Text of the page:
Published: Thu, May 10, 2018
Arts&Culture | By Antoinette Montgomery

Network execs didn't know of Lauer allegations — NBC investigation

Network execs didn't know of Lauer allegations — NBC investigation

You may remember that recent Washington Post report on NBC's behind-the-scenes grappling with Lauer and his behavior.

The report also said that, of four women who filed complaints about Mr. Lauer's misbehavior, two believed that senior managers at NBC News and the "Today" show were aware of the anchor's sexual misconduct.

Within two days of that complaint, Lauer was sacked. Mr. Brokaw denied the claims, but the news coverage was a reminder that the NBC investigation, promised by executives in the wake of Mr. Lauer's firing past year, had not yet emerged. While making the report public is a positive step, NBC needed an independent third party to look at its practices to make the findings credible, said the organization Press Forward, made up of women who worked in the news industry who experienced sexual misconduct. "I regret that my shame is now shared by the people I cherish dearly", Lauer said.

Investigators interviewed 68 employees in the news division, including on-air talent and producers. "The former leaders with whom we spoke denied any such knowledge, however, and we were unable to otherwise substantiate it", the report said. NBC said it consulted with two outside law firms during the probe.

"NBCUniversal's investigation was thorough, objective and conducted at the corporate level, outside the News division", an NBCUniversal corporate spokesperson said in a statement.

The investigation was led by Kim Harris, NBCUniversal's general counsel. To that end, NBC News Chairman Andy Lack says employees will be able to discuss this with people outside the company.

Investigators found no evidence that anyone "in position of authority" at NBC News knew that Lauer had sexual relationships with others in the company until the November 27 complaint by a woman about an affair that began at the 2014 Winter Olympics.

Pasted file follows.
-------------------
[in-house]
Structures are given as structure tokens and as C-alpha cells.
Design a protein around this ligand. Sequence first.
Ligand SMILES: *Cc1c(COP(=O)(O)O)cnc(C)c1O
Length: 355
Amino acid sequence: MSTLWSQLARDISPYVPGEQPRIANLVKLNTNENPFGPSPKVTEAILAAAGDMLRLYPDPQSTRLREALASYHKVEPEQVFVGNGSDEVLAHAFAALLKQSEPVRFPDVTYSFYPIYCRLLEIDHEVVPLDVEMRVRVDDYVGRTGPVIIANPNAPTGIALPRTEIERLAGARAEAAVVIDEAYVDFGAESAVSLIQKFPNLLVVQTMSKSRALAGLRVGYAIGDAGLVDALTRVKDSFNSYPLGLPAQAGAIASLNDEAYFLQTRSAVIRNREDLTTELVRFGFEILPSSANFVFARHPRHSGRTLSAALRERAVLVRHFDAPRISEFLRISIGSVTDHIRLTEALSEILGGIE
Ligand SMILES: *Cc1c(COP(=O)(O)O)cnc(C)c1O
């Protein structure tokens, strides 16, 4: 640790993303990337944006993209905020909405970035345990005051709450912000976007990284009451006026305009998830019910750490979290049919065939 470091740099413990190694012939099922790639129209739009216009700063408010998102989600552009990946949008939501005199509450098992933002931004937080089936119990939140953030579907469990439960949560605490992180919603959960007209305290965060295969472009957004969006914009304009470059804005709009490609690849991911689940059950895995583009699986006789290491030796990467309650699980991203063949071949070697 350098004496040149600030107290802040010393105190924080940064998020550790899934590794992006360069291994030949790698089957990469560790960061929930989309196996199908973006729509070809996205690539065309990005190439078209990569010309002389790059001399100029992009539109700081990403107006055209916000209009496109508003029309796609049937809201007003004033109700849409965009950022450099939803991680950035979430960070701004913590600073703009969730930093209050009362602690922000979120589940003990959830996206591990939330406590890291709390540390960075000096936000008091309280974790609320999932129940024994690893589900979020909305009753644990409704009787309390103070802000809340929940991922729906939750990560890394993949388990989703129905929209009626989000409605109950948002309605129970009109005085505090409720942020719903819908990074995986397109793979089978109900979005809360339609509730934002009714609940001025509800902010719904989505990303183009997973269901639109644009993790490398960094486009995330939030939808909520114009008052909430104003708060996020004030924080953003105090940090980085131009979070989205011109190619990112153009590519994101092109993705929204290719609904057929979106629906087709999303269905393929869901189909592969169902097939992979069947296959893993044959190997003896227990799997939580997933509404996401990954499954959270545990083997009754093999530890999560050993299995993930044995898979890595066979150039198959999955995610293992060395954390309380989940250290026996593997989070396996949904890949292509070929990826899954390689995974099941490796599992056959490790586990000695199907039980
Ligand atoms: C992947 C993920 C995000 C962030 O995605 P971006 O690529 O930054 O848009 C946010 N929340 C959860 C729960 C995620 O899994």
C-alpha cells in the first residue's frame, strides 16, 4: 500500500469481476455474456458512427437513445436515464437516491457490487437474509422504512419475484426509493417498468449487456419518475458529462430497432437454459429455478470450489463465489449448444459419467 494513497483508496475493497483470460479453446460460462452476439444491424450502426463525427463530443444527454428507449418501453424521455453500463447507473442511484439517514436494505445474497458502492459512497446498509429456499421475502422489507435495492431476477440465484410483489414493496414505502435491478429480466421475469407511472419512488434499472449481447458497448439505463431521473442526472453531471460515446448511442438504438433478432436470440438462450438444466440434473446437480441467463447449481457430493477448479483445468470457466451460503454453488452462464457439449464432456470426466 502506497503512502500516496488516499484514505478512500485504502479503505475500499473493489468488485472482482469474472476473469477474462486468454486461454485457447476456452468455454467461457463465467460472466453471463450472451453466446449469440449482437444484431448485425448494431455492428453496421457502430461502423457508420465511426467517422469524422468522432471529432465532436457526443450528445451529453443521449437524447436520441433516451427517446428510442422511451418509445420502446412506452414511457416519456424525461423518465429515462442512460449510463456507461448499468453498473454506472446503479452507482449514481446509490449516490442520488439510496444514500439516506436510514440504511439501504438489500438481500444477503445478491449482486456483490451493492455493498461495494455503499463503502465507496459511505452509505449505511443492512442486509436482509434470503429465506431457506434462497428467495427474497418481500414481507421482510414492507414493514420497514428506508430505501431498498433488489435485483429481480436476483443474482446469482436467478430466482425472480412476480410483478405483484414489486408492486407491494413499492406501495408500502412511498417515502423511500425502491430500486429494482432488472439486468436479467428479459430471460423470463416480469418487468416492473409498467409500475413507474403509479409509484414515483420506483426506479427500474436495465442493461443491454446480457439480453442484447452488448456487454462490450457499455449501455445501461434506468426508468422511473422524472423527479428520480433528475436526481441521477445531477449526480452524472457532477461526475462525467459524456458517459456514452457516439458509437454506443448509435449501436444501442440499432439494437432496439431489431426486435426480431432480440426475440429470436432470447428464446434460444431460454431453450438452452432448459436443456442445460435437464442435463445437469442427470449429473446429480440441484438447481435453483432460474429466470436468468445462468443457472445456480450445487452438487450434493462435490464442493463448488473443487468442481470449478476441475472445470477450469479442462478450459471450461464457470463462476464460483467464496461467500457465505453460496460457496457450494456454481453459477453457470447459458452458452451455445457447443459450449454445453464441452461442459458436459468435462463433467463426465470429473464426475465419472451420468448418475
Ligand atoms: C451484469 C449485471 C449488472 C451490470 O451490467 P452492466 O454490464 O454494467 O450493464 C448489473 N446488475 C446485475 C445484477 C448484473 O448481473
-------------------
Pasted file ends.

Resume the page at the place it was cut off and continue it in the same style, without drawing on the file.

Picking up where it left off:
The four women all "confirmed that they did not tell their direct manager or anyone else in a position of authority about their sexual encounters with Lauer".

Lauer, the former "Today" show host, was sacked in November after it was found he had an inappropriate sexual relationship with another NBC employee.

His accusers told investigators they did not tell their managers or anyone in charge about their interactions with the former "Today" anchor.

Another controversial aspect of Lauer's story was the button that allegedly allowed him to lock the office door from his desk.

Though employees were aware of official company channels through which to raise workplace issues, a number of them said they feared retaliation and that their complaints would not be kept confidential - partly because the HR division sat in "glass-walled offices among other News division employees".

The report, a summary of which was released Wednesday morning, also determined that there isn't believed to be a systemic culture of inappropriate behavior and sexual harassment at NBC News. However, the report says the behavior may have contributed to an atmosphere where some employees felt discouraged to complain to management. "That is not acceptable", Lack said in a memo.

"We can not change the past", Lack said. What we can do is learn from it, and try to make it right. "We have already begun to turn the page to establish a safer and more respectful environment", Lack wrote.

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